We should begin with the obvious question, you’re a Cuban American artist addressing an African American concern. Why did you decide to begin this project?
Rosa Naday Garmendia
Well, identity, who one identifies with, is very important to me. I do not identify myself as a Cuban-American artist. I am a Cuban artist who happens to live and work in Miami. As a young person I was uprooted by my parents at the age of 8. All of my life I have struggled with this and as an adult I have made a conscious decision about what group of people I feel I belong with. For me identity, is part of a person’s self-conception, self-perception and it is tied to nationality, ethnicity, language, music, food and class, I do not live on the island, I live in Miami for its proximity.
The second part of your question, “Why did I decide to begin this project?” I am an artist who is an immigrant, a woman, and a worker. I do not think discrimination based on skin complexion is a concern solely of Afro-descendants, who of course, cannot escape the legacy of slavery on a daily basis. I do think systematic discrimination based on race, (skin complexion) should be the concern of the entire human race and that includes me. The motivation for my practice as an artist is the human condition. Recurrent themes and imagery in my work include visual expressions of identity, migration, alienation, history, war, and beliefs. My art making process is fed by my personal experiences which have shaped my ideas about injustice and this has been the focus of my work for some time.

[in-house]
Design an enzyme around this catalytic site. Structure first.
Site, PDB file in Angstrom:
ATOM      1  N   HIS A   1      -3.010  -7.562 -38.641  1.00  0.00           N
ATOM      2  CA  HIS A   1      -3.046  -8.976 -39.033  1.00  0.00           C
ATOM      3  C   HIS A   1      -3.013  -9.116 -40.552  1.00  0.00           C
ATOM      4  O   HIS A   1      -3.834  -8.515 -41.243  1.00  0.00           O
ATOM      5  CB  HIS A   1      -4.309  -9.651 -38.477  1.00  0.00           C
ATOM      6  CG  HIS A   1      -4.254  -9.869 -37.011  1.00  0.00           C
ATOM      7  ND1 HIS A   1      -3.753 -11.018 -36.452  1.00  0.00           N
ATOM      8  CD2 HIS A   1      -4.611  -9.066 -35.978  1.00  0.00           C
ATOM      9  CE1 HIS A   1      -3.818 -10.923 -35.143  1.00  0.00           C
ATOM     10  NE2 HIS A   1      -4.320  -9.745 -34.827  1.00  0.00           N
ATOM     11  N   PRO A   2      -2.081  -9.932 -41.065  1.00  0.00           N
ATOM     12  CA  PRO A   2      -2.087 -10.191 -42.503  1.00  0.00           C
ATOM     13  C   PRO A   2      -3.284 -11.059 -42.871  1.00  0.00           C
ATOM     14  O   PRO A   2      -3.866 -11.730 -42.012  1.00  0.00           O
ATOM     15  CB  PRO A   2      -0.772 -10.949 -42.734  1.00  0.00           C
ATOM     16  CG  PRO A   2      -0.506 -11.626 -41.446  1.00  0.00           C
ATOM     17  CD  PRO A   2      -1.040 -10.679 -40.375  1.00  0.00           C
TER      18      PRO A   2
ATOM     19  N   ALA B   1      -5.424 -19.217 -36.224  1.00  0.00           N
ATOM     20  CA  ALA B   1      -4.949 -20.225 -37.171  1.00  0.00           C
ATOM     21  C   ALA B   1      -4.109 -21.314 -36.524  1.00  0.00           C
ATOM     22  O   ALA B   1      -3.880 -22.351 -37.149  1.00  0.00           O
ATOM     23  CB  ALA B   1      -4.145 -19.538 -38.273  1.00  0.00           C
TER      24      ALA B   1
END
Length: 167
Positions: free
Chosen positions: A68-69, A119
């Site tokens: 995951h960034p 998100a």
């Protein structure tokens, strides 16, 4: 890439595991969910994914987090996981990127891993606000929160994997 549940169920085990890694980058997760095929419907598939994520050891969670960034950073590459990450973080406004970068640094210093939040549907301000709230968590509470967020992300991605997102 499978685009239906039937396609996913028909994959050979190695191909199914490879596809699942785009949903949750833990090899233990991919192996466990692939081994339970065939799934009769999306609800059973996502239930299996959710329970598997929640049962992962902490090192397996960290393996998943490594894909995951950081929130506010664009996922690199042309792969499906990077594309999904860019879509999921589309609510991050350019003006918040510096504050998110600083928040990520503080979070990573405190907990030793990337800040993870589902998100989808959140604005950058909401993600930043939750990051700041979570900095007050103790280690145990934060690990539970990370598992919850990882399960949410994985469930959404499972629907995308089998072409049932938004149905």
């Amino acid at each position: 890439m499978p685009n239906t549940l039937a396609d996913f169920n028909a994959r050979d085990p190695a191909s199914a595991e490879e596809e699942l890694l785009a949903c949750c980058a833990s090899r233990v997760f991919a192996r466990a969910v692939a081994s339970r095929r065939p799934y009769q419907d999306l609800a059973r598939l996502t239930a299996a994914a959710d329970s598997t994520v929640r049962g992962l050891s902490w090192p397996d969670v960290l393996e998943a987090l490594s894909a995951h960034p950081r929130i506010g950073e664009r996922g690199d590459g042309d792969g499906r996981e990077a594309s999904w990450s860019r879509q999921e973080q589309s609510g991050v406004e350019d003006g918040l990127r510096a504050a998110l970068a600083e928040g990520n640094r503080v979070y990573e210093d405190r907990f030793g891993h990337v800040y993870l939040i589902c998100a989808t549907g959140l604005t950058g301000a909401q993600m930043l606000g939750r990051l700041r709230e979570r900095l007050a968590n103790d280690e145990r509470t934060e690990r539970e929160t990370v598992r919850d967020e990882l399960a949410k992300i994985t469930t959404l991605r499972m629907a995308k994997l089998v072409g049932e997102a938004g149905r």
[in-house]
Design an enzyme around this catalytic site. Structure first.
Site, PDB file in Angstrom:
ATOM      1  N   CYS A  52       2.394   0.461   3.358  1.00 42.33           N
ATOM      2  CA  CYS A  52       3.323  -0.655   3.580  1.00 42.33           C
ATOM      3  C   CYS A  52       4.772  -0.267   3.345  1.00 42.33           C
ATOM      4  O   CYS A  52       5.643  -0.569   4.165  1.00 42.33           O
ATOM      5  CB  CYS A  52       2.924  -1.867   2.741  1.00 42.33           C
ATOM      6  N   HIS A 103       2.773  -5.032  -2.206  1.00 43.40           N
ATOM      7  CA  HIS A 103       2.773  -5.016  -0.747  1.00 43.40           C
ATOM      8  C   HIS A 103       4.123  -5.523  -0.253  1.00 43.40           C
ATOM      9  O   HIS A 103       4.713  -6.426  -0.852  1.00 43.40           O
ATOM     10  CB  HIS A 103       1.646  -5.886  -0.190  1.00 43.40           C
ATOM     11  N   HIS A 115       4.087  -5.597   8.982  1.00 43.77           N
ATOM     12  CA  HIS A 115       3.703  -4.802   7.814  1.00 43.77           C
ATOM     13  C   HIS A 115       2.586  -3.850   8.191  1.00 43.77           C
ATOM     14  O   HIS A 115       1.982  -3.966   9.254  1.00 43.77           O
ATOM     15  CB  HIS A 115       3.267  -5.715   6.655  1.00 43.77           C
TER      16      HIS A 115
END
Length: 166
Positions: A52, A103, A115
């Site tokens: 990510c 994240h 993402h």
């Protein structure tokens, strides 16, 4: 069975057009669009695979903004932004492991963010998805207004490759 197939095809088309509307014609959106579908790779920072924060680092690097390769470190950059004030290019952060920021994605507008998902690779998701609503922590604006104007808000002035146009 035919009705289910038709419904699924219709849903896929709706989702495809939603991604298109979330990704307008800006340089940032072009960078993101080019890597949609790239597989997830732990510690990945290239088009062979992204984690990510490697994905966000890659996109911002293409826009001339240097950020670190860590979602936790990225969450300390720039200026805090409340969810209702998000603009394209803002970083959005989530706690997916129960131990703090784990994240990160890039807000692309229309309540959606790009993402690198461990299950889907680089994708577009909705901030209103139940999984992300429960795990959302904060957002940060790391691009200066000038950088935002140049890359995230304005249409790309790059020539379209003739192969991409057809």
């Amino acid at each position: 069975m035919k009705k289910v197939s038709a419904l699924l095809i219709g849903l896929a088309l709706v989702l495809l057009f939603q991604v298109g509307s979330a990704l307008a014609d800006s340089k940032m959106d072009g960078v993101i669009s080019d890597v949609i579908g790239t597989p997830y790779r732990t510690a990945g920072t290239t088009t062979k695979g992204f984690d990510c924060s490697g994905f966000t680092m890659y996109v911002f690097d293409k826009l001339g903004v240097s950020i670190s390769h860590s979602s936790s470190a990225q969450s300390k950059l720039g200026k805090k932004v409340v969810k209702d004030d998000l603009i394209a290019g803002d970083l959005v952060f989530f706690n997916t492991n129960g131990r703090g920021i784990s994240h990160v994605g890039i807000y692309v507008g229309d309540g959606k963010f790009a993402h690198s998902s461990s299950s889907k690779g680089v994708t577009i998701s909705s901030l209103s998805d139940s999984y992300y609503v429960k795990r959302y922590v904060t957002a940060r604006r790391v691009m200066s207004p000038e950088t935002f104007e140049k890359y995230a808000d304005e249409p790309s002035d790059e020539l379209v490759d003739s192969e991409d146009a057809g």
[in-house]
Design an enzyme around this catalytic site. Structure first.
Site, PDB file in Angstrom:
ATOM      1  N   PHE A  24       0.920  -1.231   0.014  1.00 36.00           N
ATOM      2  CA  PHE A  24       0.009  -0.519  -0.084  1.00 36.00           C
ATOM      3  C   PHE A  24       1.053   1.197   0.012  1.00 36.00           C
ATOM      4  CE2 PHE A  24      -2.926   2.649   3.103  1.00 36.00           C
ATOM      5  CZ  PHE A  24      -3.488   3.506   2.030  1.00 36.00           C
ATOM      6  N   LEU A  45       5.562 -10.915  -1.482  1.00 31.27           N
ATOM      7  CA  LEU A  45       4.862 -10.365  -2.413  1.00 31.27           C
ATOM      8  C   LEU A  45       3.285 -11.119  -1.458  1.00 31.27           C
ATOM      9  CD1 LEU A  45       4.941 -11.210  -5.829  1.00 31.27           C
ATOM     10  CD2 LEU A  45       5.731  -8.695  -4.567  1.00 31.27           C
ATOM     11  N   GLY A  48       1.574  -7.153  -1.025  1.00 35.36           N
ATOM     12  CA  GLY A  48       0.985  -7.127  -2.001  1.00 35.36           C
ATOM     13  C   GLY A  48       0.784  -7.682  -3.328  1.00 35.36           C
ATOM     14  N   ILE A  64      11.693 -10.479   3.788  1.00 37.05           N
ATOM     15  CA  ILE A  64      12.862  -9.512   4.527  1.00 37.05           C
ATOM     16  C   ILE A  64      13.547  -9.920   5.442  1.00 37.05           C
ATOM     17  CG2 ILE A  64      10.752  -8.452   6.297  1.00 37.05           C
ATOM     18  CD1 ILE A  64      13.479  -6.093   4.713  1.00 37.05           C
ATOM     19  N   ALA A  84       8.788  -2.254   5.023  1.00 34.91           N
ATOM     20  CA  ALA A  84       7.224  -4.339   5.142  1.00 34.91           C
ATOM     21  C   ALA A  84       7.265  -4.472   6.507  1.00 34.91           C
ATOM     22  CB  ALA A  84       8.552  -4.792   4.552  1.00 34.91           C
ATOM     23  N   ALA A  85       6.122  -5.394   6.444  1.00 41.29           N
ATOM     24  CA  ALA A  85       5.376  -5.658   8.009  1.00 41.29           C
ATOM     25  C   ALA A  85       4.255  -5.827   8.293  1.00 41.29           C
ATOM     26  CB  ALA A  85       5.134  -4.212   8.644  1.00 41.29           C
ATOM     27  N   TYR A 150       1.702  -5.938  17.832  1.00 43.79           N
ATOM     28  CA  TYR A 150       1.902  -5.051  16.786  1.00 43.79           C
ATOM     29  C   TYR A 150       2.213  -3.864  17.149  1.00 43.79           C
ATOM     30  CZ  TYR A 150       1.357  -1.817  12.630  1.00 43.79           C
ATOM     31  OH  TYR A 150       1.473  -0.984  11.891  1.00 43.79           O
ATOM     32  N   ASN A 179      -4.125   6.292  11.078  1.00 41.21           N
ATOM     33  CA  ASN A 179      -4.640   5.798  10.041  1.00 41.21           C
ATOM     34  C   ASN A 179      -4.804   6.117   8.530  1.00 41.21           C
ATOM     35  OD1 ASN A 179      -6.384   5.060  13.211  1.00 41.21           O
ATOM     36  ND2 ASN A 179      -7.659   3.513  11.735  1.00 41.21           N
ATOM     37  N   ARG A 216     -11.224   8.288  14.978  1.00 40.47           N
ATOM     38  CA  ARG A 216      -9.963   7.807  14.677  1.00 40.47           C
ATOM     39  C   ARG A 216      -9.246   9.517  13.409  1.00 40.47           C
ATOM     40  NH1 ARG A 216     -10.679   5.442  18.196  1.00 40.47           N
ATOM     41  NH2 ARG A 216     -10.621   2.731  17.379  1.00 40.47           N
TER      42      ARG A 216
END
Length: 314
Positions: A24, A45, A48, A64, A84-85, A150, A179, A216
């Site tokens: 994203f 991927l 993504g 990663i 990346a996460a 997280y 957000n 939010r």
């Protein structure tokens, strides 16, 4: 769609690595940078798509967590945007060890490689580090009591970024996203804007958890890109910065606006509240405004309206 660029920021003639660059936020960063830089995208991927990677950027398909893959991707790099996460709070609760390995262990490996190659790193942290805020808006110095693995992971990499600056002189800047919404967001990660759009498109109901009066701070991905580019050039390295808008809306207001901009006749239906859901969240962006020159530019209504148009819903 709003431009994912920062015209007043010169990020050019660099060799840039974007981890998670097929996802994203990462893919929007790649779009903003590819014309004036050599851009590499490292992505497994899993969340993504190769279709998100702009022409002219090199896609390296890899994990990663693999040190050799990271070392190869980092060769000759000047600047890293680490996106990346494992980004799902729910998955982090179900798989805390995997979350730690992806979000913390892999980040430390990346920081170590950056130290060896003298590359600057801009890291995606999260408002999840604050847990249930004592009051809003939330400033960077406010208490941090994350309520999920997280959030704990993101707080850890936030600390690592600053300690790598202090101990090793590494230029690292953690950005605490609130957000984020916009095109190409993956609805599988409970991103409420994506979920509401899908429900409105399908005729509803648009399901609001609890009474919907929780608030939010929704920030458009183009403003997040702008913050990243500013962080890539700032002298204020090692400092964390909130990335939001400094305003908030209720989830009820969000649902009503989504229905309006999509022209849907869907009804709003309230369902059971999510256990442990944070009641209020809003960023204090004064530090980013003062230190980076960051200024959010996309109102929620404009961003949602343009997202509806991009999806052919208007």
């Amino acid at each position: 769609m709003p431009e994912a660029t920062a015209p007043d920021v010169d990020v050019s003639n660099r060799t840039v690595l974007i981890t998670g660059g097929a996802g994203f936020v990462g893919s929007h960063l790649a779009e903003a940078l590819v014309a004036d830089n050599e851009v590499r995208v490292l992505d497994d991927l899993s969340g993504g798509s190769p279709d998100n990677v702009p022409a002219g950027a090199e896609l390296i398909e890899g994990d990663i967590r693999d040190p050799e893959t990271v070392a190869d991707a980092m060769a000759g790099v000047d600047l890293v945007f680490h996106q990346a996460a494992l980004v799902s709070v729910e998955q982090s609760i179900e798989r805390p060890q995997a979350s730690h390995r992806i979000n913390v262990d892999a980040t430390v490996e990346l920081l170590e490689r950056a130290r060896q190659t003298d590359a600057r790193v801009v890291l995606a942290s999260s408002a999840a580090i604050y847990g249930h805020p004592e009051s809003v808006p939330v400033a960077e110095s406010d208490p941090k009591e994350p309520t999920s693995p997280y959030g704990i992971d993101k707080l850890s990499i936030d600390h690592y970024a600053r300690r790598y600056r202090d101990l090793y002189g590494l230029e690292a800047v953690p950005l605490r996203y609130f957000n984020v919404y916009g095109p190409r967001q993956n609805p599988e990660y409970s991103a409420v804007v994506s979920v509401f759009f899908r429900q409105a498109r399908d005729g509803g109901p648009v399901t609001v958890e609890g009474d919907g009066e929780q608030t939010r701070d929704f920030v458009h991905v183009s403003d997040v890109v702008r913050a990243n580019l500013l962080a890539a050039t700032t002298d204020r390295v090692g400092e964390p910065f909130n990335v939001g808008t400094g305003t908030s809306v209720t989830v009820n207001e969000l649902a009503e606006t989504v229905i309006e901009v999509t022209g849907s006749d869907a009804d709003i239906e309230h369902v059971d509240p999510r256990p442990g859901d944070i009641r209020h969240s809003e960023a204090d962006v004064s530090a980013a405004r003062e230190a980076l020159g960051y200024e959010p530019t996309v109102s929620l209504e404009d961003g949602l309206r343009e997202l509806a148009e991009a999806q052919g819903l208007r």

You began “Rituals of Commemoration” two years ago. How has you perception on the project shifted before the project began until now?
My view and intent concerning this project has shifted along the way. The public’s response to it has also shifted in the last 2 years reflecting what has been happening. At first this issue was not as topical as it is now. In addition, every time I present the work in the public realm it’s an opportunity to think, reconsider and fine tune my craft.
This began as an initial reaction to Michael Brown’s brutal death. I felt anger, outrage, and disbelief. Through my practice I explore personal political opinions and beliefs on diverse issues. So when this happened I asked myself what can I do as an artist. With this installation, I am interested in making art that addresses current social and political events relevant to the conversations taking place nationwide regarding the role of the police, acts of racism, poverty, and militarization. This installation fuses the lines of object making and painful visceral experiences.
The original idea surfaced as a commemoration coin. You may recall the months leading up to August of 2014 there was a lot happening with US military involvement in the Middle East, Iraq, and, Afghanistan. (The work I was doing previous to this was based on a critical view of surveillance and the United States’ use of drones abroad.)